It was a great virtual conversation yesterday, thanks to everyone who took the time to participate. Here are the things I promised I would follow-up on
1) [this is especially for Helen Barler, our resident Audubon birder]. Here’s a clip from the Audubon trilogy of Nick Jordan and Jacob Cartwright, the video artists and film-makers who crafted the Swedenborg documentary we watched earlier in the semester. .Click here to watch the clip from the “Cairo: Breaking up of the Ice.”
It wonderfully juxtaposes narrated descriptions from Audubon’s travel writings around the 19th century Mississippi with present-day footage of those places. I wrote on this film for the publication that accompanies the work, and I’ll see if I can find that essay to attach here, as I talk about its ecological import.
2) Our conversation yesterday talked about how Swedenborg’s descriptions of gardens, the “green” typography of garden space in the images that accompany his work, all seem to betray a preference for neoclassical aesthetics (order, symmetry, balance–> humankind’s control over nature) — and NOT an embrace of more Romantic wilderness aesthetics (a preference for uninhabited mountain tops and the like). However, as we discussed, there are places in the work that complicates this assumption, or presents a different kind of scenario. A good example is the memorable relation no. 75 in Conjugial Love, which describes a “difficult journey” through a dark forest and a vast desert, in order to reach a distant mountain, upon whose slopes — in tents — live the most ancient humans. It is, I think, one of the closest moments we get in Swedenborg to an image of him “hiking” — “I had to ready myself for this journey,” he writes, before he sets of with an angel guide through the forest and desert. Read it in its entirety for full effect…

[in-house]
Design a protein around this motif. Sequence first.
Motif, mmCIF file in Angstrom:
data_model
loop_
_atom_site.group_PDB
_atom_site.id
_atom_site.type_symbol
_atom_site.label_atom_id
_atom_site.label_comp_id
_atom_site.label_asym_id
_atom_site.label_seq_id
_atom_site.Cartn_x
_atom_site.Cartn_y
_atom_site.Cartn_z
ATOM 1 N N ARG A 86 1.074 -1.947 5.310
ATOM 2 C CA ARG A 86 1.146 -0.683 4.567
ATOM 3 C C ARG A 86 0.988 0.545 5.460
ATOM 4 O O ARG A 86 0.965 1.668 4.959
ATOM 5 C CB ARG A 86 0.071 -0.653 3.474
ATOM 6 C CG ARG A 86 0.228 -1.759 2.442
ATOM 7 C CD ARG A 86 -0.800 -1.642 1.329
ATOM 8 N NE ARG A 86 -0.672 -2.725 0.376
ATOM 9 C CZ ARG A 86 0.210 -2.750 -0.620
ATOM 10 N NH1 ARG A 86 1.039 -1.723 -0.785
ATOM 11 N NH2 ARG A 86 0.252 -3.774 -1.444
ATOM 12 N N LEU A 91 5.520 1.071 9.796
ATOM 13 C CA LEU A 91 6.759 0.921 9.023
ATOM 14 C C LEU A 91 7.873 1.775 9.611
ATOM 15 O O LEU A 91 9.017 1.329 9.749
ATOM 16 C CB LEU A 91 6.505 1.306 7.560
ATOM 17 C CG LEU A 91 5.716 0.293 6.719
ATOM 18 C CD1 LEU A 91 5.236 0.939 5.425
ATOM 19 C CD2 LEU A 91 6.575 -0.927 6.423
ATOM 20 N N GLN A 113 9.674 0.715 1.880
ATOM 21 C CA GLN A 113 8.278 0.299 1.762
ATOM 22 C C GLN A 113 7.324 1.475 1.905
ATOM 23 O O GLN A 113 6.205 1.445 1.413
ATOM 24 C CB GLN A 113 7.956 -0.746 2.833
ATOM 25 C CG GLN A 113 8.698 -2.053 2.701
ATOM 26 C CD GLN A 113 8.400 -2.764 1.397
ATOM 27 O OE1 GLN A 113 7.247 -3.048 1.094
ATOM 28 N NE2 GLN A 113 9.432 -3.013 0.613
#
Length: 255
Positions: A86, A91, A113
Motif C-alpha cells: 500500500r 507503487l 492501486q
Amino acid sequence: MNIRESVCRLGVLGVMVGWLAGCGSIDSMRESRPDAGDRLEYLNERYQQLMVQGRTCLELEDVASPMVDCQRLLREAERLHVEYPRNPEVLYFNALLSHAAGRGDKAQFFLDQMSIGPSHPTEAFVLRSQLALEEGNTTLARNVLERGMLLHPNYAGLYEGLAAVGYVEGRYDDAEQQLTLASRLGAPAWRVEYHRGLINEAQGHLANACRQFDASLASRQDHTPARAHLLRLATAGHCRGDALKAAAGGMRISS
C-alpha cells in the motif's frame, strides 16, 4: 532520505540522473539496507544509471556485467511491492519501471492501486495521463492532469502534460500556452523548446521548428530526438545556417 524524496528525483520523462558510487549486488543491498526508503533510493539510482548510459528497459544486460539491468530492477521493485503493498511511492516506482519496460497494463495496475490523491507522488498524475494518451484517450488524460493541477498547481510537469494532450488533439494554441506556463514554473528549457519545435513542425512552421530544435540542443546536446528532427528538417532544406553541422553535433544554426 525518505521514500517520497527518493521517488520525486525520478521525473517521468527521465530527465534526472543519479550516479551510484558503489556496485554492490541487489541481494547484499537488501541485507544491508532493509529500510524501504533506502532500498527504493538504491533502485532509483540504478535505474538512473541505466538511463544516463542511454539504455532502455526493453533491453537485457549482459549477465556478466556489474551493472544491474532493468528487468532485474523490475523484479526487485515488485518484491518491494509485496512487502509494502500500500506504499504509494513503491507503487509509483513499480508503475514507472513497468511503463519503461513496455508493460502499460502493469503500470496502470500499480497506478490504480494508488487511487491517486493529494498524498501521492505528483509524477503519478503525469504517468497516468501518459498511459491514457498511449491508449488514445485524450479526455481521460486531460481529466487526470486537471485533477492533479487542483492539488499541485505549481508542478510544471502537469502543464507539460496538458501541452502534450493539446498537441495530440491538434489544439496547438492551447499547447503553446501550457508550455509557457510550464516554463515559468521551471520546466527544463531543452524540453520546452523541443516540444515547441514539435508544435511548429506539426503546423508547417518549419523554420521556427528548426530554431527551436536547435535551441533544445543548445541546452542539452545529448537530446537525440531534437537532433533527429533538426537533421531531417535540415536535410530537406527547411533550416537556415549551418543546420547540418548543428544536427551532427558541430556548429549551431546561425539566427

3) Finally, we had discussed the foundational / formative imagery of the garden of Eden in the Genesis creation story, and at the other end of the biblical text, the visions of Apocalypse in the Book of Revelations. Here’s Elaine Pagels talking on NPR about her new book on the Apocalypse, as referenced in our conversation. What we had fun playing around with at the end of our conversation was how Swedenborg’s vision of the New Church is completely urban: a holy city, with gates open to all directions. To end up with the center of this vision as an urban space — and not some idyllic wilderness, or pastoral garden — is fascinating to think about from an environmentalist perspective. Here’s a great video put together by the Walters Art Museum in Baltimore that documents George Inness’s “lost” painting of the New Jerusalem, that depicts this Swedenborgian vision as a city growing out of a green, verdant wilderness. It also offers some great biographical context of this most influential Swedenborgian painter, and talks extensively of the importance of Swedenborgian correspondence theory for Inness’s nature aesthetics. Enjoy!